Tuesday, April 9, 2013

Ethics, Morality and the Struggle for Black Liberation

by William P. Muhammad

"It is a peculiar sensation, this double-consciousness, this sense of always looking at one’s self through the eyes of others, of measuring one’s soul by the tape of a world that looks on in amused contempt and pity." - W.E.B. DuBois.“The Souls of Black Folk,” 1903).
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From the day of our forefather’s emancipation from physical slavery, much has been said and discussed over what to do about the so-called “Negro problem” in America. Like the Biblical and Qur’anic stories regarding the Children of Israel, and their relationship with the Egyptian Pharaoh, fear over Black interests diverging from White interests has occupied much of the thinking, policy making and social agendas of America’s ruling elite.  

Starting with overt strategies such as segregation and restricted access to resources, for decades, Black Americans toiled under a no-win situation, forcing many to flee to other locations for opportunity, relief or safety. Only to be received by a more sophisticated form of oppression, two seemingly opposed mindsets emerged in Black America by the late 1960s: one that fought for inclusion within a system hostile to a Black presence, and the other, a struggle for nationhood and independence through various ideologies ranging from the religious to the secular. 

As White Americans wielded the right to define through the educational system, public and private  policies focused attention on conformity, non-conformity, personal values, and the lack thereof; and shortly thereafter, new social norms were promoted from the highest levels of government. Designed to maintain White control over the culture, politics and economy of the United States, policies soon clashed across generational, gender and racial lines sparking the so-called counter-culture movement.  Regarding the destiny of Black America, however, under the pretext of ethics and morals, the right to define our own direction and interests was hampered by internal conflicts stoked by external meddling.

Reclaiming our stolen Birthright

Morality is often described as a set of standards that are generally accepted as right or proper, but what is left out of this definition is the statement: “right or proper according to whom?”  If morality is defined by the White elite, then conformity to their interests makes Black groups, organizations or individuals acceptable to what is proper and right in their view. However, in the struggle to define self, while pursuing a destiny independent of White boundaries and limitations, the aforementioned will be labeled immoral according to their resistance and opposition.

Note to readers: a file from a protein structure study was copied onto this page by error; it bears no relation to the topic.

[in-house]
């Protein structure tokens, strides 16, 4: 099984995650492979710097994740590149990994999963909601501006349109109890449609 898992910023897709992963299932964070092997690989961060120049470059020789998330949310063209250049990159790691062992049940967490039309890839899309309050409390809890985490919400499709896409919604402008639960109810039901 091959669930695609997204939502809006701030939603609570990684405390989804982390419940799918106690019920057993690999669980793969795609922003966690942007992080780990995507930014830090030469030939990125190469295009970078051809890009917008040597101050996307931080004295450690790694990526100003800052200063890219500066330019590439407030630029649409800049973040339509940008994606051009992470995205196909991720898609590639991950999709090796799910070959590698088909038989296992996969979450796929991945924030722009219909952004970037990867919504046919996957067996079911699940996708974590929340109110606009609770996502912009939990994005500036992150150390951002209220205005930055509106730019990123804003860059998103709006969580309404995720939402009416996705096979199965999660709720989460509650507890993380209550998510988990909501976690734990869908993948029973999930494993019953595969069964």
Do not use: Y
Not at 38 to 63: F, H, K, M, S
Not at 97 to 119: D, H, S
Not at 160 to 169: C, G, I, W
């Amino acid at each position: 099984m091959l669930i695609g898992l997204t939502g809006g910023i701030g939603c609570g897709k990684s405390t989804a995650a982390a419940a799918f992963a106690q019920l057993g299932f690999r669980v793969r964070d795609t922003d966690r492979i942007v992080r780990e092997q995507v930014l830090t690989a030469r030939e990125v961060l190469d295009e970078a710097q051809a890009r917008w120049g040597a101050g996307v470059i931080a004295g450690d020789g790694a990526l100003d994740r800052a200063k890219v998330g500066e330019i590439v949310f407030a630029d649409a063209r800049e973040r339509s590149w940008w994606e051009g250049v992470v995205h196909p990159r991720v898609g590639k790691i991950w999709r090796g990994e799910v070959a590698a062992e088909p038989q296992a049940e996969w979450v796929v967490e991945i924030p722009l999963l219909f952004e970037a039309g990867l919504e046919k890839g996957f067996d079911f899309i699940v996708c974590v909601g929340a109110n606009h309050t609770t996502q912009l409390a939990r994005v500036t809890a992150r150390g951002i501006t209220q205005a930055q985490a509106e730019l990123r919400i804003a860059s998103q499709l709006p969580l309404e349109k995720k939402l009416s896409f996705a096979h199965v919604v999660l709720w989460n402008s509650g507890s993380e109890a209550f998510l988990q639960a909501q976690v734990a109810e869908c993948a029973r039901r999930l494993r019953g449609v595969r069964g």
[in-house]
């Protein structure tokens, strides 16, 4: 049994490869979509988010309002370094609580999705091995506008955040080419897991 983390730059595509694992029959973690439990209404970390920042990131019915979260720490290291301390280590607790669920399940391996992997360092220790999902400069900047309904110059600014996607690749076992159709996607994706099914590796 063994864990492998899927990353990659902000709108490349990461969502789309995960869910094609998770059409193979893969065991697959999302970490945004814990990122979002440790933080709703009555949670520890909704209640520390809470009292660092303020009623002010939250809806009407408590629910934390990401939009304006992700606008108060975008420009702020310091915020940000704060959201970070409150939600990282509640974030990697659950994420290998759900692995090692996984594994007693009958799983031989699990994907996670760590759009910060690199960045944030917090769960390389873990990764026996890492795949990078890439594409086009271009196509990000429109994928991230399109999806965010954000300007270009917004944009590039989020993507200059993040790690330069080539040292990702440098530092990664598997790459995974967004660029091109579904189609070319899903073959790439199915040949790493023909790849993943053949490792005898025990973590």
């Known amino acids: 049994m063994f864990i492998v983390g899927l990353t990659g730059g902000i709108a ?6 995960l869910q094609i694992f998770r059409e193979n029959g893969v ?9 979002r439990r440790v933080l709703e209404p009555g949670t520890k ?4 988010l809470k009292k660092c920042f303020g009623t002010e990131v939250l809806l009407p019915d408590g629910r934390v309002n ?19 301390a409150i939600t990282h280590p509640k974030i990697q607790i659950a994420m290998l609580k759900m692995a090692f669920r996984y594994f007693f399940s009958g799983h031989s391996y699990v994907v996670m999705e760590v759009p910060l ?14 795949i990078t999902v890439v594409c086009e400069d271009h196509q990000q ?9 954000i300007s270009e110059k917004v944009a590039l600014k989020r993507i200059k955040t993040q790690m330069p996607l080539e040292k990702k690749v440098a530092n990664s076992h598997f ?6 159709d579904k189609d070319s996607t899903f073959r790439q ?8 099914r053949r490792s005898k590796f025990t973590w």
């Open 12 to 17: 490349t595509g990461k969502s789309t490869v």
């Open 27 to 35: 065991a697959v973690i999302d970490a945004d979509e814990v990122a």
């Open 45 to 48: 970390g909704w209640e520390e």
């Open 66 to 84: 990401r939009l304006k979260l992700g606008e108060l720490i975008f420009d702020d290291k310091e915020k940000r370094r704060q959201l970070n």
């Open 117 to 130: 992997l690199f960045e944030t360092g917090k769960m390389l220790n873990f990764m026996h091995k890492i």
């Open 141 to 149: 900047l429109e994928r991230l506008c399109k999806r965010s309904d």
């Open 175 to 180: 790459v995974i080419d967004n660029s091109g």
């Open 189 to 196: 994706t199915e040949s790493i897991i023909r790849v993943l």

Regarding ethics, commonly defined as conformity to one’s own personal values or belief system, choice offers individuals the opportunity to either agree or disagree with national or international agendas undermining Black progress. If Black leadership conforms to White supremacy, while publicly or privately disagreeing with it, he or she is being moral within its purview but unethical toward self and the Black community. When such people compromise their principles for favor, or nearness to power, unethical Black leaders subsequently enable those who use them to continue harmful policies. 

As the Children of Israel crossed the Red Sea to enter into the Promised Land, it was division, doubt and suspicion of leadership that caused them to wander in the wilderness for an additional 40 years. Today, Black American leadership must be bold and courageous, not only to see through a sophisticated tangle of competing agendas and deceit, but also to offer clear guidance in reclaiming a 400-year-old stolen legacy. If Black leaders see the value of remaining true to their originally stated beliefs and ideas, they will be negatively labeled by the world of White supremacy, but if these same leaders become apologists for oppression, they are no better than those to whom they have submitted.  

In order to reclaim our birthright, the concept of nationhood and independence can be neither ignored nor dismissed. As free and independent people do, uniting, pooling resources and working toward building a reality for themselves and their children, it is of paramount importance to take a principled stand.  Resisting conformity to the ways of this world, while remaining true to the ushering in of a new one, is not without precedence, and whether we decide to rise to the occasion or not, we cannot escape the overall condition of our people.

The double-consciousness W.E.B. DuBois described 110 years ago is not a phenomenon, it is only the manifestation of stress in a people forced to conform to a reality that is not in their best interest. Hopefully, as we come into a higher awareness of our true position within American society, Black people will understand “the time and what must be done” and that worrying more about what others think is not as important as what we think and what we do for ourselves.